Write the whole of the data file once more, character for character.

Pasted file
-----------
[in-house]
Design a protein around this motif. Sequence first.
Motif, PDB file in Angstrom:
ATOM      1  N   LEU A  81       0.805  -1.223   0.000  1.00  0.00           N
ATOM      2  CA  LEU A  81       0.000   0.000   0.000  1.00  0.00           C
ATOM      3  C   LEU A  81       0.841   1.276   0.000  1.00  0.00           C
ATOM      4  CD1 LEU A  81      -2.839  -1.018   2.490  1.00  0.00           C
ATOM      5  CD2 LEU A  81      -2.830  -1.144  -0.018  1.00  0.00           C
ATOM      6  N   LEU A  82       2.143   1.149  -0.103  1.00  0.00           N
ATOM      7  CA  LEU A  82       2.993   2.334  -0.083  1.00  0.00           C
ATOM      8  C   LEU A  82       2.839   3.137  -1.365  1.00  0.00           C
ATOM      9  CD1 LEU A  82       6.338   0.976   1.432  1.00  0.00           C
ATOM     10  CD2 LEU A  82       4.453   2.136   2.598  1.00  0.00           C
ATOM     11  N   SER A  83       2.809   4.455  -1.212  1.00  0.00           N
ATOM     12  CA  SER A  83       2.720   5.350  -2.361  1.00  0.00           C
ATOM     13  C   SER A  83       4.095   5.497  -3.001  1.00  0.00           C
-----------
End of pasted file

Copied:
[in-house]
Design a protein around this motif. Sequence first.
Motif, PDB file in Angstrom:
ATOM      1  N   LEU A  81       0.805  -1.223   0.000  1.00  0.00           N
ATOM      2  CA  LEU A  81       0.000   0.000   0.000  1.00  0.00           C
ATOM      3  C   LEU A  81       0.841   1.276   0.000  1.00  0.00           C
ATOM      4  CD1 LEU A  81      -2.839  -1.018   2.490  1.00  0.00           C
ATOM      5  CD2 LEU A  81      -2.830  -1.144  -0.018  1.00  0.00           C
ATOM      6  N   LEU A  82       2.143   1.149  -0.103  1.00  0.00           N
ATOM      7  CA  LEU A  82       2.993   2.334  -0.083  1.00  0.00           C
ATOM      8  C   LEU A  82       2.839   3.137  -1.365  1.00  0.00           C
ATOM      9  CD1 LEU A  82       6.338   0.976   1.432  1.00  0.00           C
ATOM     10  CD2 LEU A  82       4.453   2.136   2.598  1.00  0.00           C
ATOM     11  N   SER A  83       2.809   4.455  -1.212  1.00  0.00           N
ATOM     12  CA  SER A  83       2.720   5.350  -2.361  1.00  0.00           C
ATOM     13  C   SER A  83       4.095   5.497  -3.001  1.00  0.00           C